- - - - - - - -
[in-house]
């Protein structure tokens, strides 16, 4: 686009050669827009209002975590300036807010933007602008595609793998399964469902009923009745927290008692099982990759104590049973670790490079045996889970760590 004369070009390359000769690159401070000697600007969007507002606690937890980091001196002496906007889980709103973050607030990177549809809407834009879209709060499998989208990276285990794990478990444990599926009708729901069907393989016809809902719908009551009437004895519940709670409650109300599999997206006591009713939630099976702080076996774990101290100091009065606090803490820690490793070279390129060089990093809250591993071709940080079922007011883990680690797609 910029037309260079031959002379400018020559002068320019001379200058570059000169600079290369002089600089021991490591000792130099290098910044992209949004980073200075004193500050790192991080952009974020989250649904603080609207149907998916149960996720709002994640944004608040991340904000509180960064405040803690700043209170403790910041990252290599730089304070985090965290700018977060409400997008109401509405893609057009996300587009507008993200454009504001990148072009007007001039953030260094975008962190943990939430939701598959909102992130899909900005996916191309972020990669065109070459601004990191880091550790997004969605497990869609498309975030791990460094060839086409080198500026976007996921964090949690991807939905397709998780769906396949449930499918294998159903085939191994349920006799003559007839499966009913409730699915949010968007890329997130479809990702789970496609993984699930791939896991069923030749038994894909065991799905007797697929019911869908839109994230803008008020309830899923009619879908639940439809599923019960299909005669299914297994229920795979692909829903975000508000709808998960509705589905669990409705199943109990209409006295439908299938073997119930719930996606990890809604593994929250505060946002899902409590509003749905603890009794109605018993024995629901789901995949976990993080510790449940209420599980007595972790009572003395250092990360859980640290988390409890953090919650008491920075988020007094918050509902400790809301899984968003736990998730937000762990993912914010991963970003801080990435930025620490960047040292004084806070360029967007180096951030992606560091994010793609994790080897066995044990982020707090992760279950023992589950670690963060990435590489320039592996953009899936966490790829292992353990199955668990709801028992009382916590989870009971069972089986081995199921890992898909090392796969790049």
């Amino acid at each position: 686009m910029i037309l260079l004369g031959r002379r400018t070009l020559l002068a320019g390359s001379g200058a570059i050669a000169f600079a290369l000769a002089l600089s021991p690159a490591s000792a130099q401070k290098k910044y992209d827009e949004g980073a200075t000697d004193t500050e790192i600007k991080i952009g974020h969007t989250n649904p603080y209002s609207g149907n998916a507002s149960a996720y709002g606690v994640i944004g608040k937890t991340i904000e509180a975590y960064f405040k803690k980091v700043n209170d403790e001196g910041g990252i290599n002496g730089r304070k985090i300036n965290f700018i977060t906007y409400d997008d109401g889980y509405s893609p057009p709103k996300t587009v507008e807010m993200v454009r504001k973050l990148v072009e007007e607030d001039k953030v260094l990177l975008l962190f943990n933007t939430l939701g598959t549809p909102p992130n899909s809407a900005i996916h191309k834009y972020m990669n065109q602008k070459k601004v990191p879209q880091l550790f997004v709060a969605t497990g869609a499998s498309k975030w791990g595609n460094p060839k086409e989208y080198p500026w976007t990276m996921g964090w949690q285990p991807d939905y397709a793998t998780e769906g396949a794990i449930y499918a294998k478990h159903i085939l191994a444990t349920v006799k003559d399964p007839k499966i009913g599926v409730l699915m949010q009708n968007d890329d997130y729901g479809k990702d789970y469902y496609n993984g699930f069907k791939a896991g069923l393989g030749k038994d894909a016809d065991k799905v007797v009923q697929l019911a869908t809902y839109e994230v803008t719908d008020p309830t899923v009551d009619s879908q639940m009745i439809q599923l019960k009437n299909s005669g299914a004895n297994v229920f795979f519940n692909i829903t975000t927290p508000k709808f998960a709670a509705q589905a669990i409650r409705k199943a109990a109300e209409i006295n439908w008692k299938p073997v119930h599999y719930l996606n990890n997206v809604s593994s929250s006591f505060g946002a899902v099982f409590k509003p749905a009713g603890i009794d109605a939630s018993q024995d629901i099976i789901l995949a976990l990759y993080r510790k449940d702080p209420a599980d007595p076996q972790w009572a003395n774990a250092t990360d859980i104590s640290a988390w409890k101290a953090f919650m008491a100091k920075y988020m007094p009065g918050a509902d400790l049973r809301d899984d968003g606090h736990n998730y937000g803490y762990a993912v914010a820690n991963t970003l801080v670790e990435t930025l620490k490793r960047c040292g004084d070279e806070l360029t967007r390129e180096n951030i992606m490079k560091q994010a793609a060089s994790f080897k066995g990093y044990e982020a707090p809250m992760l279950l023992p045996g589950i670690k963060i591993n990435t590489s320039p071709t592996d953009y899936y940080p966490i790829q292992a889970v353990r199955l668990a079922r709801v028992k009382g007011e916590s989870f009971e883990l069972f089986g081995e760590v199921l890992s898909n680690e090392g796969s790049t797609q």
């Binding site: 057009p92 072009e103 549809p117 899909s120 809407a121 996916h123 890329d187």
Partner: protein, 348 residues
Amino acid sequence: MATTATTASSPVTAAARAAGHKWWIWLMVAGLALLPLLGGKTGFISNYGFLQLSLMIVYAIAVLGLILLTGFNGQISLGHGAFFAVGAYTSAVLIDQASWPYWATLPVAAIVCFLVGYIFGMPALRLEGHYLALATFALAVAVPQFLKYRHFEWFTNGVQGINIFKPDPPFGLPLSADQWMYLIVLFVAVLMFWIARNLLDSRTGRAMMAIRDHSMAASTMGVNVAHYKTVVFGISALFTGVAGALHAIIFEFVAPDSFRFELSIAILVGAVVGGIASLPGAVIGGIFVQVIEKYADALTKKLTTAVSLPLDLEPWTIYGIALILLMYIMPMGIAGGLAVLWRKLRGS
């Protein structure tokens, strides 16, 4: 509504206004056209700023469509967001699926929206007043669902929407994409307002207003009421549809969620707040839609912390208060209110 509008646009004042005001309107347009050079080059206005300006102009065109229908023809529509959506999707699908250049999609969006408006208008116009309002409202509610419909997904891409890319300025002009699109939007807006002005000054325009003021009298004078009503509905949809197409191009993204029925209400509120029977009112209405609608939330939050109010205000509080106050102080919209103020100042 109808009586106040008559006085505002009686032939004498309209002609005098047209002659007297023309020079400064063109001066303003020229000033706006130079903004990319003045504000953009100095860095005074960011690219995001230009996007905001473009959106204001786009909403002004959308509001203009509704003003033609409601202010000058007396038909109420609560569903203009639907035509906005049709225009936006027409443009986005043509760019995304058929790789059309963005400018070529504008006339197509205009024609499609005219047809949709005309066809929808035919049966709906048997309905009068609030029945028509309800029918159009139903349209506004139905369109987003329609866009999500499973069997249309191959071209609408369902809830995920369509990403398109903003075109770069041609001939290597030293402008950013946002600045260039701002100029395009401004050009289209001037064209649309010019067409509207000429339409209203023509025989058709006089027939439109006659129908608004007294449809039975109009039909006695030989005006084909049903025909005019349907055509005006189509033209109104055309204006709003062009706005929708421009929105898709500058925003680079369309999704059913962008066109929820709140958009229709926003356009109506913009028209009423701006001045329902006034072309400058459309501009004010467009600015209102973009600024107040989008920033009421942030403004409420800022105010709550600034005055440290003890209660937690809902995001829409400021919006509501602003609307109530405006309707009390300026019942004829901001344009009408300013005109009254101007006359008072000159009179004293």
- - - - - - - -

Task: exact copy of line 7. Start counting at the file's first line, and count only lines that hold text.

């Protein structure tokens, strides 16, 4: 509504206004056209700023469509967001699926929206007043669902929407994409307002207003009421549809969620707040839609912390208060209110 509008646009004042005001309107347009050079080059206005300006102009065109229908023809529509959506999707699908250049999609969006408006208008116009309002409202509610419909997904891409890319300025002009699109939007807006002005000054325009003021009298004078009503509905949809197409191009993204029925209400509120029977009112209405609608939330939050109010205000509080106050102080919209103020100042 109808009586106040008559006085505002009686032939004498309209002609005098047209002659007297023309020079400064063109001066303003020229000033706006130079903004990319003045504000953009100095860095005074960011690219995001230009996007905001473009959106204001786009909403002004959308509001203009509704003003033609409601202010000058007396038909109420609560569903203009639907035509906005049709225009936006027409443009986005043509760019995304058929790789059309963005400018070529504008006339197509205009024609499609005219047809949709005309066809929808035919049966709906048997309905009068609030029945028509309800029918159009139903349209506004139905369109987003329609866009999500499973069997249309191959071209609408369902809830995920369509990403398109903003075109770069041609001939290597030293402008950013946002600045260039701002100029395009401004050009289209001037064209649309010019067409509207000429339409209203023509025989058709006089027939439109006659129908608004007294449809039975109009039909006695030989005006084909049903025909005019349907055509005006189509033209109104055309204006709003062009706005929708421009929105898709500058925003680079369309999704059913962008066109929820709140958009229709926003356009109506913009028209009423701006001045329902006034072309400058459309501009004010467009600015209102973009600024107040989008920033009421942030403004409420800022105010709550600034005055440290003890209660937690809902995001829409400021919006509501602003609307109530405006309707009390300026019942004829901001344009009408300013005109009254101007006359008072000159009179004293």